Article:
Bar business outlook brightens with hockey’s return

Vancouver Canucks’ 2021 training camp action at an empty Rogers Arena. The team’s home games will continue to be played in front of empty seats for the foreseeable future. Rob Kruyt / Business in Vancouver

Vancouver’s hospitality sector will benefit from the return of Vancouver Canucks games at Rogers Arena following the provincial government’s approval of the National Hockey League’s plan for its 2021 season, but industry officials say that benefit will vary from subsector to subsector.

For instance, while local hotels are happy that teams from Alberta, Manitoba, Ontario and Quebec will be travelling to Vancouver during the season, the direct impact on business will be minimal.

“Take a four-litre bucket of water and pour it into Lake Okanagan, and tell me how much that fills it up,” said Darren Simpson, chairman of the Hotel Association of Vancouver.

“I don’t want to belittle the fact that this is a great opportunity, and there are a ton of positives. However, from a room sentiment, let’s say teams travel with [their] full capacity as well as a few family members – whatever number they are allowed to travel with. We are going to have 28 home games, so with a visiting team needing around 50 room/nights [per visit] on the very high-end side of projections, you are looking at maybe 1,400 room/nights for the season. For Vancouver, our capacity is about 12,000 rooms on a per-night basis. If the NHL gives us 1,400 room/nights total over five months, that’s a bucket of water in Lake Okanagan.”

But Simpson added that the launch of a new NHL season in COVID times provides a showcase for the safety measures his industry has instituted and will play a key role in boosting public trust in Vancouver hotels.

“Just the simple allowance for any travel and the capacity for hotels to show they are safe places for people to travel is an excellent opportunity for us,” Simpson said.

Meanwhile, B.C. restaurants and sports bars have said that any sporting event that has the potential of bringing patrons to local establishments will help a sector that has been battered by pandemic-related lockdowns.

East Side Craft House co-owner Brendan Gray said the recently completed World Junior Hockey Championships increased business at his bar much more than anticipated.

“Hockey’s definitely the most important sport for us in terms of bringing in customers,” Gray said. “If there are 18,000 fans who can’t get a Canucks ticket this year, maybe we will see a few of them. The World Juniors definitely injected some enthusiasm into my customers. The previous years, we didn’t see a lot of interest in this event, but this year there’s been quite a few people coming in with their jerseys. People are dying for something to watch, and with hockey, they stay longer and their cheques are bigger on average.”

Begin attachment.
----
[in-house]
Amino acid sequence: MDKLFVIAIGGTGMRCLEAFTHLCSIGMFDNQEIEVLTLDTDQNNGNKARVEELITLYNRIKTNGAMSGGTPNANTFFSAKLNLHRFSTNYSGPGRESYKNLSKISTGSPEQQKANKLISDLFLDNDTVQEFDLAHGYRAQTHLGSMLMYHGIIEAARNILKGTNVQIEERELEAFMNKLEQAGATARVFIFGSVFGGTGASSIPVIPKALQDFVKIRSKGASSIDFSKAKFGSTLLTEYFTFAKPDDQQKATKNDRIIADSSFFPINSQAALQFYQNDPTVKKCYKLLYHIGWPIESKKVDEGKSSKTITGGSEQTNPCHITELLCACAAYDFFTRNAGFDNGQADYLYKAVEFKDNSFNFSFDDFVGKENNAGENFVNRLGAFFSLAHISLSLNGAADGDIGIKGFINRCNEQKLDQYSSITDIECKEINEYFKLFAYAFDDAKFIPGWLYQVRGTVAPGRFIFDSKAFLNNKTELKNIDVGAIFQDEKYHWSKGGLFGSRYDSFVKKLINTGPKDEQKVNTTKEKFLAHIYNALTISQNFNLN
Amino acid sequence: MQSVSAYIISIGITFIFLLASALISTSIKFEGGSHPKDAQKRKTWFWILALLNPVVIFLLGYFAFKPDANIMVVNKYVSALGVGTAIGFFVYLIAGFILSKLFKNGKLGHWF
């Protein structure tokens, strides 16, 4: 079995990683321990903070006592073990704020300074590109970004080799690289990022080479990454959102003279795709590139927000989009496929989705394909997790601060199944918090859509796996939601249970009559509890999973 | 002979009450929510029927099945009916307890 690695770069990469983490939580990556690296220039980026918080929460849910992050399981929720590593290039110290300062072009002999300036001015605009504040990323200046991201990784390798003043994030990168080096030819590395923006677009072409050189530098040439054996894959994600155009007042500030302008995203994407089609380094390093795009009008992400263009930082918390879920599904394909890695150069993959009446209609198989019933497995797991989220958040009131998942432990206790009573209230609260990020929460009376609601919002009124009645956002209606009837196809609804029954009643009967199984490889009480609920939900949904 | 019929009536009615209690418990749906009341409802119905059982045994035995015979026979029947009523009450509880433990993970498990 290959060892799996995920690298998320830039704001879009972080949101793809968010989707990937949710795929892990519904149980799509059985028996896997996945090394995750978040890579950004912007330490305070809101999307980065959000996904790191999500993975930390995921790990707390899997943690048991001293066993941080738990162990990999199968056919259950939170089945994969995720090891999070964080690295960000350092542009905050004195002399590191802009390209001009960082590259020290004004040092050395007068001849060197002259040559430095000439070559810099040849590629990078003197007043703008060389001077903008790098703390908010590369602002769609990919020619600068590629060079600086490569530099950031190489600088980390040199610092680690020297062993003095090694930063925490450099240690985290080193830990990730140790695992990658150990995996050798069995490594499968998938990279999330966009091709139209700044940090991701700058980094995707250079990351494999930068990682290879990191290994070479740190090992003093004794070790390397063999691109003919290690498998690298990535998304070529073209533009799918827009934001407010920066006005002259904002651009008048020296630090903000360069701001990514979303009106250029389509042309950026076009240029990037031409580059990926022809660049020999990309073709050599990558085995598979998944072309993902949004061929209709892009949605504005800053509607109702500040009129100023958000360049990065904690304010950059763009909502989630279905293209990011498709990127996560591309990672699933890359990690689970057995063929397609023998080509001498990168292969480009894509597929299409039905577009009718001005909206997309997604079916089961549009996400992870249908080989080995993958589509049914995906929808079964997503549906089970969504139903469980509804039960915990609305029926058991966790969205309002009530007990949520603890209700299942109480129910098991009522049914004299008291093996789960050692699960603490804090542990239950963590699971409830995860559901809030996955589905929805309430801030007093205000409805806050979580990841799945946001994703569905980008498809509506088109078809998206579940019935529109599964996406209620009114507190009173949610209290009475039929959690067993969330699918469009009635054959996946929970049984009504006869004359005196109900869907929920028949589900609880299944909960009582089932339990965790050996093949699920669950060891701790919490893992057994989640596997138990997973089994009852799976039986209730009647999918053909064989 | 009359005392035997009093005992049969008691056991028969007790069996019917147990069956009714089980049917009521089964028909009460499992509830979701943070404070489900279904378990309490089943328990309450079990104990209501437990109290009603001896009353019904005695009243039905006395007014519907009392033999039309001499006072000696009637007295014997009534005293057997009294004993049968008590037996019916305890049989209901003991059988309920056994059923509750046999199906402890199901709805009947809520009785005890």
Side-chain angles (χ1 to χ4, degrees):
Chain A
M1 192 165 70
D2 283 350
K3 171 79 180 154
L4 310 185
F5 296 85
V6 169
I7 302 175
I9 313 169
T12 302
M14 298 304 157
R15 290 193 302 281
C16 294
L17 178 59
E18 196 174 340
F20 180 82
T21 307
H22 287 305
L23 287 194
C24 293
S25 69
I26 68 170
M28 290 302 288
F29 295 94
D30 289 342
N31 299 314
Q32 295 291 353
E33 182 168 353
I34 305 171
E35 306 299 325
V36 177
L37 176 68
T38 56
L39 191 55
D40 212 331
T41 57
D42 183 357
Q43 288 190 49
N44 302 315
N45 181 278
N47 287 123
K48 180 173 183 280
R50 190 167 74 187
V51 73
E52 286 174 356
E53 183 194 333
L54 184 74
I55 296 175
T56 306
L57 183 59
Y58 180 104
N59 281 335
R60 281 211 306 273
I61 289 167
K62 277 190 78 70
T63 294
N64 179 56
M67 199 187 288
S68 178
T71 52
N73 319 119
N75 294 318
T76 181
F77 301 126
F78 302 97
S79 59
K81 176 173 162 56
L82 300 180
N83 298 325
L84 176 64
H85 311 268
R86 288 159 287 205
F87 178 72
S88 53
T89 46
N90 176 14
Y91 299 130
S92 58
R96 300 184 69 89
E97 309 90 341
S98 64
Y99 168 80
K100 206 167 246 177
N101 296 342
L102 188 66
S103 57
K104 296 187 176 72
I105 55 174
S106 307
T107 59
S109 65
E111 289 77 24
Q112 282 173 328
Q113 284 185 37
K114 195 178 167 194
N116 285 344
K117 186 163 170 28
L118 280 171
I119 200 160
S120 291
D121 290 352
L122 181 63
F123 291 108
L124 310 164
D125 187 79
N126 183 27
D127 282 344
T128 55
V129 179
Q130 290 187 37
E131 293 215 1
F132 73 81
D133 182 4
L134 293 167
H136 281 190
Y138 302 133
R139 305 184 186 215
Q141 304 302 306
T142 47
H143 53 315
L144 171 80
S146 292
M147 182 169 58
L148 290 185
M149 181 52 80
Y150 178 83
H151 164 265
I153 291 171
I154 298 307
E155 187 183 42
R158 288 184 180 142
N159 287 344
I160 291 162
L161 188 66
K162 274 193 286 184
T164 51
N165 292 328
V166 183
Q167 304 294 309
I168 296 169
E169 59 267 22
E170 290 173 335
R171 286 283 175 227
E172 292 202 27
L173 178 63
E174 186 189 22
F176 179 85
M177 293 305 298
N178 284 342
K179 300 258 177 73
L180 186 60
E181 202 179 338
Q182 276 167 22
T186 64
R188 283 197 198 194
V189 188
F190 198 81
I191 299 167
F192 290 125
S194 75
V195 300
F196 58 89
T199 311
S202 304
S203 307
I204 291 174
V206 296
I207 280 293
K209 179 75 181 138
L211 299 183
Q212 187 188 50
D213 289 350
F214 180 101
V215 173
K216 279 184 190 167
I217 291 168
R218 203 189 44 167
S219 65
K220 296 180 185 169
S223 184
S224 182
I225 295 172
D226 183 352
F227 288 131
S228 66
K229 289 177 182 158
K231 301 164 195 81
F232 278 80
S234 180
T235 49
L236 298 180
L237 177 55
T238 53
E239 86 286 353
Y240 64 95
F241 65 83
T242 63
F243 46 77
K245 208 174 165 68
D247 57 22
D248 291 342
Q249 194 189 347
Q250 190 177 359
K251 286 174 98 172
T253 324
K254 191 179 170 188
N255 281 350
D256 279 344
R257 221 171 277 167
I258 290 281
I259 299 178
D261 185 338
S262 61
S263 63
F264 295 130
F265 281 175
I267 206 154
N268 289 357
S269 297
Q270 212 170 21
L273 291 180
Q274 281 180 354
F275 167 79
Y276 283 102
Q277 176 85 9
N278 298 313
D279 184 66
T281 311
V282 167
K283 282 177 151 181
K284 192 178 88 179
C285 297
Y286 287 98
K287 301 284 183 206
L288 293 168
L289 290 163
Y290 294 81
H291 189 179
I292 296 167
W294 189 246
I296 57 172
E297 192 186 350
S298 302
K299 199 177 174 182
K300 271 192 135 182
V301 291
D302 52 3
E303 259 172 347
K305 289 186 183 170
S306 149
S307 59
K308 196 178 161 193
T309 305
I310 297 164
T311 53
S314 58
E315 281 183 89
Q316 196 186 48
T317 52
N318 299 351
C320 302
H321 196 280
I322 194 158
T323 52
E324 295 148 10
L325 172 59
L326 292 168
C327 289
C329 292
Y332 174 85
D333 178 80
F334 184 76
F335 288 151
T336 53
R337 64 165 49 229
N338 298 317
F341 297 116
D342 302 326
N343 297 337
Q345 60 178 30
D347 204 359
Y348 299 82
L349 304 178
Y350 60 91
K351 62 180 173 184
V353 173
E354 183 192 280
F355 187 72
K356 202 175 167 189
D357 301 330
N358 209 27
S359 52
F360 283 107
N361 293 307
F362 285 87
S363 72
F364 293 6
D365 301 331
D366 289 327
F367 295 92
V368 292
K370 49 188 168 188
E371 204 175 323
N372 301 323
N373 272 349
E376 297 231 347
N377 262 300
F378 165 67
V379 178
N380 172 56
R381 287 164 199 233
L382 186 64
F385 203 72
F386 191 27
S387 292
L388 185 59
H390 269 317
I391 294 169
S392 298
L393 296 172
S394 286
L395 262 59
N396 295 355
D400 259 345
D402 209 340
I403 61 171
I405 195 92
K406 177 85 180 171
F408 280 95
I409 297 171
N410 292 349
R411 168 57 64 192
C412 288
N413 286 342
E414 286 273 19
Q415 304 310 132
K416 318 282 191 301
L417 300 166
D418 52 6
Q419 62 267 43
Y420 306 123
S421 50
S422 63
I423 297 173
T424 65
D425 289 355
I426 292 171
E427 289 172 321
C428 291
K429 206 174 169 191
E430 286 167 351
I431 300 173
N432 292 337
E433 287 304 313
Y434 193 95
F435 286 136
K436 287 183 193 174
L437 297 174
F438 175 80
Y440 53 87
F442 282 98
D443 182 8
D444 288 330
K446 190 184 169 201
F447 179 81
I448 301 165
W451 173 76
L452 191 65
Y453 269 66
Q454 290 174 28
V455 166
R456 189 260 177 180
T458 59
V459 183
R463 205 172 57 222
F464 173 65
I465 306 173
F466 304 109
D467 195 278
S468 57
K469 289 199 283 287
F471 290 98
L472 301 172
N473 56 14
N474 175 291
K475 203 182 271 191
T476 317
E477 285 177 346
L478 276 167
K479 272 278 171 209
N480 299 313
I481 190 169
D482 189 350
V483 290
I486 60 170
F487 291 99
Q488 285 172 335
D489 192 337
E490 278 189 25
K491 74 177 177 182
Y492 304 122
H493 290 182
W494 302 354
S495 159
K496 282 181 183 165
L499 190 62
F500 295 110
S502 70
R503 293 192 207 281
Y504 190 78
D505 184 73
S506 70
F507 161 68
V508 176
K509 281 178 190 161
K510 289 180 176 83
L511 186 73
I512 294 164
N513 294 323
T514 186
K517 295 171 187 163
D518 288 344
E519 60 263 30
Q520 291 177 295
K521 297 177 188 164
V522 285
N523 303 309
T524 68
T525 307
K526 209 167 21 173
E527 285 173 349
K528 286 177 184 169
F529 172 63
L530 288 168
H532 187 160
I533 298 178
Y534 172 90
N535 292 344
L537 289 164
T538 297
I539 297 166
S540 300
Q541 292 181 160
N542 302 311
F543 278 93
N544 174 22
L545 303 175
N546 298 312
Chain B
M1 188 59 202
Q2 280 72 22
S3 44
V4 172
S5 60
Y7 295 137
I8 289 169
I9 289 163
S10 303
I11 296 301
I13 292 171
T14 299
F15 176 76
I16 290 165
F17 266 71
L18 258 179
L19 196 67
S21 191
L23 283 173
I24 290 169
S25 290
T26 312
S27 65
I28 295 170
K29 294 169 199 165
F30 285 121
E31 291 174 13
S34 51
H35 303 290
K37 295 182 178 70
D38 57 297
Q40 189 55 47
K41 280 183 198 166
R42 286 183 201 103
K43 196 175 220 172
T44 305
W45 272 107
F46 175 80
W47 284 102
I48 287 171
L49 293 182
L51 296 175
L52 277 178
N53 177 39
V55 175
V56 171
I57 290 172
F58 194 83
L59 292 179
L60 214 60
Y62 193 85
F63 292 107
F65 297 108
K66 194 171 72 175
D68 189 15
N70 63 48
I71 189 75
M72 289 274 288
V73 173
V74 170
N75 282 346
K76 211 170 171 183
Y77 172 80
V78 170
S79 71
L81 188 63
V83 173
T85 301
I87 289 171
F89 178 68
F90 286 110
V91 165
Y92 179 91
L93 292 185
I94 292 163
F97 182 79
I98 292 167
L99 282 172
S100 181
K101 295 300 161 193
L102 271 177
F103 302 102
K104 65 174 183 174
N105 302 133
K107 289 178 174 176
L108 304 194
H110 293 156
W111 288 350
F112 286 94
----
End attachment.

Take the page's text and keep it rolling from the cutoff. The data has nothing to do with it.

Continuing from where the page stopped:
The National Football League season has also helped local bars maintain a degree of normalcy in business operations. Seattle Seahawks games regularly drive fans to fill up East Side’s allowed 50% capacity on game days.

Gray estimated his daily business reaches about 25% capacity during the winter. Combined with a robust delivery food-service demand, that has meant “things are actually pretty good,” despite pandemic related challenges, Gray said.

He added that the NHL format for the new season, with only Canadian teams visiting Vancouver during the regular season and first two rounds of the playoffs, might boost the drawing power of Canucks games.

“I’m expecting it to help if the novelty doesn’t wear off too quickly. During the previous years, we definitely saw an uptick when the 4 o’clock [Toronto Maple] Leafs games were on. On game nights with Winnipeg, you saw more fans coming with their Jets jerseys. In comparison, you don’t see a lot of Detroit Red Wings or [Arizona] Coyotes fans coming in for those games in our neighbourhood, so a Canadian division could mean an uptick.”

But Simpson is not placing too much hope on increased business at hotel restaurants and bars. He said the only development that could trigger a full-scale recovery in Vancouver’s hospitality sector would be the lifting of the current domestic and international travel bans – something that is unlikely to happen in the foreseeable future.

“I wish I had a better answer, but right now, it’s quite simply no,” Simpson said when asked if there are any mitigation efforts that would reverse the business tide for hotels while the pandemic travel restrictions are still in place.

“Vancouver, based on capacity, relies heavily on international and group travel. That’s the foundation for the hotels to have any sort of sustainable occupancy rates… The hotels in the late summer and fall [2020] started to see a semblance of capacity – although still overall under 30% and nowhere near being profitable – but the minute we saw local travel restrictions in November, hotels saw immediate cancellations and now are at single-digit occupancy. Most hotels right now are just doing what they can to get by.”

This story was originally published by Business in Vancouver.

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